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1

But there would be analog and digital signals in the same cable. Is this a problem ? It can be a problem depending on the nature of the signals, the type and length of the cable, and what's at either end. In other words, there are many variables. If so, what are the solution to transmit digital and analog signals at the same time ? Use cable that shields ...


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On a first look It is a TRRS 3.5mm splitter. Being TRRS an abbreviation for tip, ring, ring and sleeve. But since your are going to use this in a headphone I think you will be better served with the results of a 3.5mm TRS splitter or stereo splitter search. TRRS will be hard to find because the existing cables split the audio from the mic and it seems to me ...


4

The end that appears closer in the picture is a 3.5mm TRRS (tip, ring, ring, sleeve) connector, while the other two connectors are both 3.5mm (most likely, it's hard to tell if they may be 2.5mm) TS (tip, sleeve). This means that if the cable is wired normally, the TRRS connector goes like this: Tip = Left Audio (The hot lead on one of the TS connectors) ...


4

That's microphone and headphone cable combined, having a TRRS 3.5mm audio jack of unspecified pinout, with 2.5mm mono audio jacks at the other end. There's no better name for it, and your picture sadly doesn't fully specify how the microphone and two stereo channels should be connected to the TRRS, which depends on the device you plug this into. So: "...


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I can confirm that a miniDP cable is capable of what I intended to do. The only thing is, power should not be carried by pin 20, since in most (if not every) commercially available cables, it's an unconnected pin. So you have to choose another PIN to carry Power. At the moment I am using pin 2 and 19 (for redundancy) The setup works


1

You can shuffle conductors but: if you swap pair-for-pair, MDI-X auto-negotiation might unswap them on the fly. Someone will connect their laptop and it'll "just work". if you mix conductors between pairs and then run it over normally wired segment, you'll get crazy crosstalk that will probably kill the communication, receive lots of interference ...


1

(1) Cut the locking tabs on the plugs on the patch cables so they can't easily be removed from either end (2) Use a locking device eg http://www.rjlockdown.com/patchcordpage.html https://cpc.farnell.com/tuk/kpj2nt/t-lok-tamperproof-faceplate/dp/CS31332 https://patchsavesolutions.com/236-rj45-patch-cable-locks (3) Run a script on your VoIP server that if the ...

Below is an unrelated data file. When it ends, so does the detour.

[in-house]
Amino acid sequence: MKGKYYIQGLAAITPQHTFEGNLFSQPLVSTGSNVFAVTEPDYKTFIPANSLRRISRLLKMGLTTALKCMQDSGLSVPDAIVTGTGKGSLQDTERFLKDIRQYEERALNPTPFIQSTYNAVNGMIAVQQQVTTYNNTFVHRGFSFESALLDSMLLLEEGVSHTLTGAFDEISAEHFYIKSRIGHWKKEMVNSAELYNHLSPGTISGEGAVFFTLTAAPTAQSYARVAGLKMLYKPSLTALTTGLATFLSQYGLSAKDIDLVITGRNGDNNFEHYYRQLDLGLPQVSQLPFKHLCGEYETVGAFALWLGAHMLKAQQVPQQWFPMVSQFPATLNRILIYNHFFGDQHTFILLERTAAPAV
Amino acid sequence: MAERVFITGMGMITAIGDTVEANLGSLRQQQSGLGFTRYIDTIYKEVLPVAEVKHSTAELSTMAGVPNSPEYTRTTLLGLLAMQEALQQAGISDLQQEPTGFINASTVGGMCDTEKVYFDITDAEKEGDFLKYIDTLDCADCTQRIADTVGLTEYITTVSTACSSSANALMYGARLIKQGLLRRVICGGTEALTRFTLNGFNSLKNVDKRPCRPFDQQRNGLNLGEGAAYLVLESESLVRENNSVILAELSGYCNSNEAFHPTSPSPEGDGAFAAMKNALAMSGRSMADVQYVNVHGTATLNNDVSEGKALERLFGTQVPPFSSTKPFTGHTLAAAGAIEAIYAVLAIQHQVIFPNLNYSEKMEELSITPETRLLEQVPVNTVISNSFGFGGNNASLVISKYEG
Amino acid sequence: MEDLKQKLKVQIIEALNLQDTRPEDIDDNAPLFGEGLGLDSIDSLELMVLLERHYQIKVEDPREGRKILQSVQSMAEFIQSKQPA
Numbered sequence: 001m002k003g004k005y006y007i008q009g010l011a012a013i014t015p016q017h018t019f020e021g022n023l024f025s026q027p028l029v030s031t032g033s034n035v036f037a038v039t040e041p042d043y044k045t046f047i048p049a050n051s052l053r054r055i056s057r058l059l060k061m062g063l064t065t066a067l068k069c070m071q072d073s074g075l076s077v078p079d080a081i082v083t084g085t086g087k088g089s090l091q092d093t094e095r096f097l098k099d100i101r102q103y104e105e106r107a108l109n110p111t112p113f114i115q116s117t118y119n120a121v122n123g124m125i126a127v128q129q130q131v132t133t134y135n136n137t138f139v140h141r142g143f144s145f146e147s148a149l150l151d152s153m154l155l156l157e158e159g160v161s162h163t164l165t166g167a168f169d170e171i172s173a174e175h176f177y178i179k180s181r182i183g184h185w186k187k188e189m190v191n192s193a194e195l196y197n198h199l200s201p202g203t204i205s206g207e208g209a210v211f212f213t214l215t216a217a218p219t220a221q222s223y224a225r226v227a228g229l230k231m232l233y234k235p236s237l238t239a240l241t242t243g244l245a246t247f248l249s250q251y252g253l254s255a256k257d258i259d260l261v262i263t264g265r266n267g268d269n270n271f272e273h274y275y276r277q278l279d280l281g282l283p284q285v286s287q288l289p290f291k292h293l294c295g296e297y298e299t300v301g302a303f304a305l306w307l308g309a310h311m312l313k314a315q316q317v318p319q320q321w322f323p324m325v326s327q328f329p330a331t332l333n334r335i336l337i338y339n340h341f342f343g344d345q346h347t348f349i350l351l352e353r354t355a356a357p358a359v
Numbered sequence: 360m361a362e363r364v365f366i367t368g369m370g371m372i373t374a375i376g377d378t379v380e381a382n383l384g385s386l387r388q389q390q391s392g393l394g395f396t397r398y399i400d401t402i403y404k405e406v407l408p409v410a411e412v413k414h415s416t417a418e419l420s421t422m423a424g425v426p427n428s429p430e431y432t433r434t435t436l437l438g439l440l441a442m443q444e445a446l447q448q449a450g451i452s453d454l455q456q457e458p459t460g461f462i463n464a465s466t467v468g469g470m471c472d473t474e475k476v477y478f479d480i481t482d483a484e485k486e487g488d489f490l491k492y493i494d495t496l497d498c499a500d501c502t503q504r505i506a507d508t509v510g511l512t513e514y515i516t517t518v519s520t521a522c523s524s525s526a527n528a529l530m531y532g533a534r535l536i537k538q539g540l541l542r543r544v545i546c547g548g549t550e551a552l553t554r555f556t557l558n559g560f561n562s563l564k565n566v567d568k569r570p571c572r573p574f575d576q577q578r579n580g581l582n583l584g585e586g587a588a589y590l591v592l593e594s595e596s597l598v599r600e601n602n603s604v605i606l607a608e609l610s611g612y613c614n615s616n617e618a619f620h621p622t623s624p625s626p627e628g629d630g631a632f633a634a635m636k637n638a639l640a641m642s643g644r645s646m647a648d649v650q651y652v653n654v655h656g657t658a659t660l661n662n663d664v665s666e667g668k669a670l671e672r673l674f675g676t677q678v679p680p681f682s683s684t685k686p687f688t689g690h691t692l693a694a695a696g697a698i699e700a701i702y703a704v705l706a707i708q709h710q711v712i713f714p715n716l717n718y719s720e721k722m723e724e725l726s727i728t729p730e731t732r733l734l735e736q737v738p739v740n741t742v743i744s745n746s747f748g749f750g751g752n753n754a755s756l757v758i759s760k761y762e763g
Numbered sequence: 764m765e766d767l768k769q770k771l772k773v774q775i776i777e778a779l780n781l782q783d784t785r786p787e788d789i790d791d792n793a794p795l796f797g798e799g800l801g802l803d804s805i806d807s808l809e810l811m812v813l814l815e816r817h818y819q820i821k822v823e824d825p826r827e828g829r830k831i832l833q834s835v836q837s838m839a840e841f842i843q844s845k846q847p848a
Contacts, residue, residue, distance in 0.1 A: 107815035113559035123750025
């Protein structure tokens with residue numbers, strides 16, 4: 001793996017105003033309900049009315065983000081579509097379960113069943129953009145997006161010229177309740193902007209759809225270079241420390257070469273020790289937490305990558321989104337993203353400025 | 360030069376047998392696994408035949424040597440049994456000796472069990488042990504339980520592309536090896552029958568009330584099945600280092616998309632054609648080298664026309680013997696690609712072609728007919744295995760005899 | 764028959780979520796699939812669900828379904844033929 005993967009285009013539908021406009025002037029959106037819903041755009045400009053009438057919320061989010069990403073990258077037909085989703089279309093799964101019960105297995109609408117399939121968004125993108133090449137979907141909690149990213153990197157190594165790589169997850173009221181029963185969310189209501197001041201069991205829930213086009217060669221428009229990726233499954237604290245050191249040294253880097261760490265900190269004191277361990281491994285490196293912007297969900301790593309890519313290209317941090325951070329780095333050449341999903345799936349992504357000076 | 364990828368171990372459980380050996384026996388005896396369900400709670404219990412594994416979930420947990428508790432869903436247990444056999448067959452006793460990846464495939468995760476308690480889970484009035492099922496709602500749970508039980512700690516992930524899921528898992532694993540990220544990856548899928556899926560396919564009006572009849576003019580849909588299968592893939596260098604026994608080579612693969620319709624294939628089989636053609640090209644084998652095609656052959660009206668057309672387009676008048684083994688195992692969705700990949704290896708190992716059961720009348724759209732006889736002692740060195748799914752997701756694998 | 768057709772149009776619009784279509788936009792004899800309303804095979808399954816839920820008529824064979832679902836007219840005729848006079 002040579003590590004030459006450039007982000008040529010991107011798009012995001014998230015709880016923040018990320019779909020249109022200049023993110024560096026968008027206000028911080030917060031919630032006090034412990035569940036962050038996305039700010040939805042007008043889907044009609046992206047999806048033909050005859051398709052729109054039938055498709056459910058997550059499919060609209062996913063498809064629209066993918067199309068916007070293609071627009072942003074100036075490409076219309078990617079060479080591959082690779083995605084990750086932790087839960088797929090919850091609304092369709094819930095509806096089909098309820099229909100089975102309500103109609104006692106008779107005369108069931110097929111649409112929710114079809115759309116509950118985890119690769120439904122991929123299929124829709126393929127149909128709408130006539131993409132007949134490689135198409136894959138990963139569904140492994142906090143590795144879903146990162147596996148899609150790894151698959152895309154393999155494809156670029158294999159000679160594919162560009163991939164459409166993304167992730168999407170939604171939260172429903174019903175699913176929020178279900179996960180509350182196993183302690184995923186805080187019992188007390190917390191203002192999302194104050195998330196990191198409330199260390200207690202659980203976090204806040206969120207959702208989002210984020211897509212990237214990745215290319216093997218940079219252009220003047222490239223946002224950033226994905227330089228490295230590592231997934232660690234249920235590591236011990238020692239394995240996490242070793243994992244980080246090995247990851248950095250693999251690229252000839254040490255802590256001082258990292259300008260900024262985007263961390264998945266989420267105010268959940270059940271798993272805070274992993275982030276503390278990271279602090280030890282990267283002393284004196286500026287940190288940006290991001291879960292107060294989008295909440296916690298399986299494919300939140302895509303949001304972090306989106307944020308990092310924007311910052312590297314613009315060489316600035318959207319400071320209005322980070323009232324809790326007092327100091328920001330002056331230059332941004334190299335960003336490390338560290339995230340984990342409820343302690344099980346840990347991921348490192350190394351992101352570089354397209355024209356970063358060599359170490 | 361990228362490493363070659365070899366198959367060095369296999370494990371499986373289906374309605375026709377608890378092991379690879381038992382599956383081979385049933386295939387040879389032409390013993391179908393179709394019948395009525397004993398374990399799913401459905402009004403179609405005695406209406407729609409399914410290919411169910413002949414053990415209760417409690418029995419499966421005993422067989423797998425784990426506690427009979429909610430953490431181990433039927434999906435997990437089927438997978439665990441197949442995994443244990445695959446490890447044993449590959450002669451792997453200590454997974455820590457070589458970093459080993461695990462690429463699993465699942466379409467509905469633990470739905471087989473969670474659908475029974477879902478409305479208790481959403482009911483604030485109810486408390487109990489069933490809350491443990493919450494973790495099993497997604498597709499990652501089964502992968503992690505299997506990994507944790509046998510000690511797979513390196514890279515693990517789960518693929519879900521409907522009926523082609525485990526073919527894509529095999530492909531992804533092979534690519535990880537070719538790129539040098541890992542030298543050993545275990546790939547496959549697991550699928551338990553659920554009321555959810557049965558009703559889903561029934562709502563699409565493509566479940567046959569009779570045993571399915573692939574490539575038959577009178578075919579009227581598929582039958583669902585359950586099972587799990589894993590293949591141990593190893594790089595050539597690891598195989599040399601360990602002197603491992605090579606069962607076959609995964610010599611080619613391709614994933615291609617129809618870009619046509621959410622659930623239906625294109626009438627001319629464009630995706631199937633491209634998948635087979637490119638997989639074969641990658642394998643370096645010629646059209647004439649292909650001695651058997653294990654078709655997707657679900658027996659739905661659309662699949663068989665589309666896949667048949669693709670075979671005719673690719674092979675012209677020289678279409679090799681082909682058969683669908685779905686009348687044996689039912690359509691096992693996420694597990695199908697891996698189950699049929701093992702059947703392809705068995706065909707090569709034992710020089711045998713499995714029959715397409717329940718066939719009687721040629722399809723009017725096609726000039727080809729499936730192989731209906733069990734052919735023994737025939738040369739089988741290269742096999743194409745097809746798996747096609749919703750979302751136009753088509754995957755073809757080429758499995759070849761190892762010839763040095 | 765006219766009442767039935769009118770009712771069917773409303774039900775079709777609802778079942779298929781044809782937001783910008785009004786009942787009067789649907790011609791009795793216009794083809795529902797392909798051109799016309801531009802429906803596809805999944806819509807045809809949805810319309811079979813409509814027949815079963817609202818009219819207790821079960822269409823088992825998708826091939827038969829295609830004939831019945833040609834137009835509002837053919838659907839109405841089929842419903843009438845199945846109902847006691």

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Oooh this is (not) fun. Didn't see it used for power transmission yet; As I see it, they attached an impedance meter between each of the ABCN (L1 L2 L3 N for us europeans) on the left and every other ABCN on the right, the recorded Z is put on the table. The matrix has to be symmetrical (otherwise the cable from a two port system view would be… interesting) ...


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switch to using drivers and receivers to put the signals on the cable eg MAX3232: these are 25V tolerant, and I've accidentally connected them to USB ports without causing any damage to the USB port.


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Cat6 is a standardised twisted pair cable for use in Ethernet and other networks. Source Fibresales Cat 6 patch cables are normally terminated in 8P8C modular connectors, using either T568A for horizontal cables or T568Bpin to match the older AT&T assignments. Source Wikipedia The only difference between these configurations is that pairs 2 and 3 (...


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The purpose of a ferrite bead around a pair of cables is to balance the impedance of unbalanced signals like VGA signals and microphones and more over the spectrum that may cause interference. By raising the CM impedance the differential impedance remains constant while the percentage of imbalance is reduced. While not used on most HDMI cables they are ...


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